So following on from my nostalgia piece on Street Fighter II last week I’ve had some more time with the new game.
And it’s been a mainly positive experience.
Graphically the game looks stunning and whoever made the decision to take the game in this ’2.5D’ direction deserves some serious props as it makes for a very rewarding game.
The controls are obviously as they have been for years, left analogue stick to move and then face and shoulder buttons for light, medium and hard punch/kick. The spare shoulder buttons are used as for a one button press that is the equivalent of pressing all three punch or kick buttons.
I had to move some of the controls around to make it easier for myself but this was no problem as the game allows you to map the button controls rather than making you choose a particular set up.
The game has several new additions (speaking as someone that has only previously played Street Fighter II) including focus, super combo and ultra combo attacks.
Focus attacks require you to hold down the medium punch and kick buttons to charge an attack for a few seconds before releasing. If you pull the move off your opponent will take a big hit and then fall to their knees, allowing you an extra hit or two on the way down. You can take one hit from your opponent while charging, which actually makes your attack stronger, but any more than that and you’ll be on your ass. It’s a nice strategic mechanic which adds a risk factor to a fairly easy to pull off move.
Both Super and Ultra combos are pulled off by repeating the left stick movement of a special move (ie. Dragon Punch) before hitting punch/kick (Super) or the button for all three punch/kicks together (Ultra).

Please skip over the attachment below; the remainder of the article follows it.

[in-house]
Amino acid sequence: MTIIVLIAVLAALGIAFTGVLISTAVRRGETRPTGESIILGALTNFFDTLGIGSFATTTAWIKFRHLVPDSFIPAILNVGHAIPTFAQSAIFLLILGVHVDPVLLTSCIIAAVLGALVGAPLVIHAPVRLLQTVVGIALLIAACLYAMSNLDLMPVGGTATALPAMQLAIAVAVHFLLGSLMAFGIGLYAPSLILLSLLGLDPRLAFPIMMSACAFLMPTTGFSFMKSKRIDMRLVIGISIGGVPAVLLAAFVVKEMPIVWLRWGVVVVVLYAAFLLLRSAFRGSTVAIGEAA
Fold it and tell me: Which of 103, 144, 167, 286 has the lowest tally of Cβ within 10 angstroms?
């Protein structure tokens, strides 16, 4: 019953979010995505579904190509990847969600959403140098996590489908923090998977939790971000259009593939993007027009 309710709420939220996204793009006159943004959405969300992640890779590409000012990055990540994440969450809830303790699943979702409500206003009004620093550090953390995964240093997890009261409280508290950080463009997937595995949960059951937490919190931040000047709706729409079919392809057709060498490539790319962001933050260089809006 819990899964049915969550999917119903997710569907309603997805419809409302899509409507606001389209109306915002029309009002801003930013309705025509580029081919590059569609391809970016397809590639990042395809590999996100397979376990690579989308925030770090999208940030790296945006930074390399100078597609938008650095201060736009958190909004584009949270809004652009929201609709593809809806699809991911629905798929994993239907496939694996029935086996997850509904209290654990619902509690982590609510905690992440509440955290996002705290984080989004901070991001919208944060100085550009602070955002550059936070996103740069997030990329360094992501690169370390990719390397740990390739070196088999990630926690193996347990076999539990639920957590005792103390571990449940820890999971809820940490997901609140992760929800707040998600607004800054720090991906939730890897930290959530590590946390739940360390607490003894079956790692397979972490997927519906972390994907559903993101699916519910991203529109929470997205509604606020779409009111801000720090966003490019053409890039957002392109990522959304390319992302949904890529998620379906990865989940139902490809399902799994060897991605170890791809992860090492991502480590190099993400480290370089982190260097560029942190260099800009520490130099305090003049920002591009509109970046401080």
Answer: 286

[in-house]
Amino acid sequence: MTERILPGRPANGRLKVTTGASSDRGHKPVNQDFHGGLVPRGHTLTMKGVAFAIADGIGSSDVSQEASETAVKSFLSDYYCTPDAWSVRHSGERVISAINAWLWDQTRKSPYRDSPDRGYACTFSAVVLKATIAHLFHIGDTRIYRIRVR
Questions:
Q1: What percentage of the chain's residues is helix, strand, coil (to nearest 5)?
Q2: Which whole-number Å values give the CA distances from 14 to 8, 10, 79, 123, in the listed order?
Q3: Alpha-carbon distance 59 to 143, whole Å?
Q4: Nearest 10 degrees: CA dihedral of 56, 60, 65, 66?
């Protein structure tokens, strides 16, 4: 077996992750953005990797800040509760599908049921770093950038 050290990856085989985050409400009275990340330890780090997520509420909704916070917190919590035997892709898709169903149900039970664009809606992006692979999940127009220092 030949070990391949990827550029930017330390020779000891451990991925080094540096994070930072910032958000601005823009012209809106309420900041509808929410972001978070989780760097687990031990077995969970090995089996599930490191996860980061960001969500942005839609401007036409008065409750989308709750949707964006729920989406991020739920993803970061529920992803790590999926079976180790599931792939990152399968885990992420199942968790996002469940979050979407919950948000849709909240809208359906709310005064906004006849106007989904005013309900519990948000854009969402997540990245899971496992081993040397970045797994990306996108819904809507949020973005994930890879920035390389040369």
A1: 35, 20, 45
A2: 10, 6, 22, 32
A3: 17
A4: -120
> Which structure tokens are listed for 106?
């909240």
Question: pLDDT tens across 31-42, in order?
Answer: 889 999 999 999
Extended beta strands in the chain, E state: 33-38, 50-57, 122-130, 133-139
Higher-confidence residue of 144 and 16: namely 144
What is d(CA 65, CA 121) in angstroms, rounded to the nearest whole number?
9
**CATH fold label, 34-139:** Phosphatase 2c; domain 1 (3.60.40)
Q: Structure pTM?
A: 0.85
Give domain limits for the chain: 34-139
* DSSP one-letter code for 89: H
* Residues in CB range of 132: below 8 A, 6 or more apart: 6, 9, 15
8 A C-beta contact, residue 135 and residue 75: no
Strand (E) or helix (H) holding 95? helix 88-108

Again these are familiar enough that people won’t be put off by trying to learn them but require the right amount of skill/timing that it feels like an achievement to pull them off.
On my playthrough with Ken I actually only pulled one Ultra Combo off and in a nice twist it was the finishing blow to the final boss Seth, which was cool
I’m sure as I continue playing and experimenting with new characters I’ll be able to pull off more and more different combos.
The arcade mode is your standard fighter fare. You get a small anime intro explaining your characters motivations etc and then fight through 4 or 5 guys. Beat them and you face your rival (with another intro) and then it’s on to Seth – the much maligned super boss.
Playing on Easy, Seth was still a respectable challenge – I beat him on probably my 3rd or 4th attempt. He has the full set of Street Fighter moves and isn’t afraid to use them.
To be honest I’ve found another of the new characters to be more of a problem – Abel.
This dude is rock hard and has an annoying throw move which he is happy to use back to back for some particularly cheap shots.
Both him and Seth are beatable though and the mode provides a good challenge to tide you over until your mates arrive.
Single-player is an enjoyable experience but multi-player is where the real fun is at. Group of mates, winner stays on – these are the memories you’ll cherish. Even online, in my opinion, cannot compete with the sense of sitting in the same room as the guy you’re sonic booming.
One small niggle is the extended load times before each fight – I often caught myself thinking my PS3 had crashed they sometimes go on so long!
With a bunch of new characters and all the old favourites making a welcome return Street Fighter IV firmly throws down the gauntlet to all fighting games of this generation.
And I just can’t see any of the other contenders being better than this.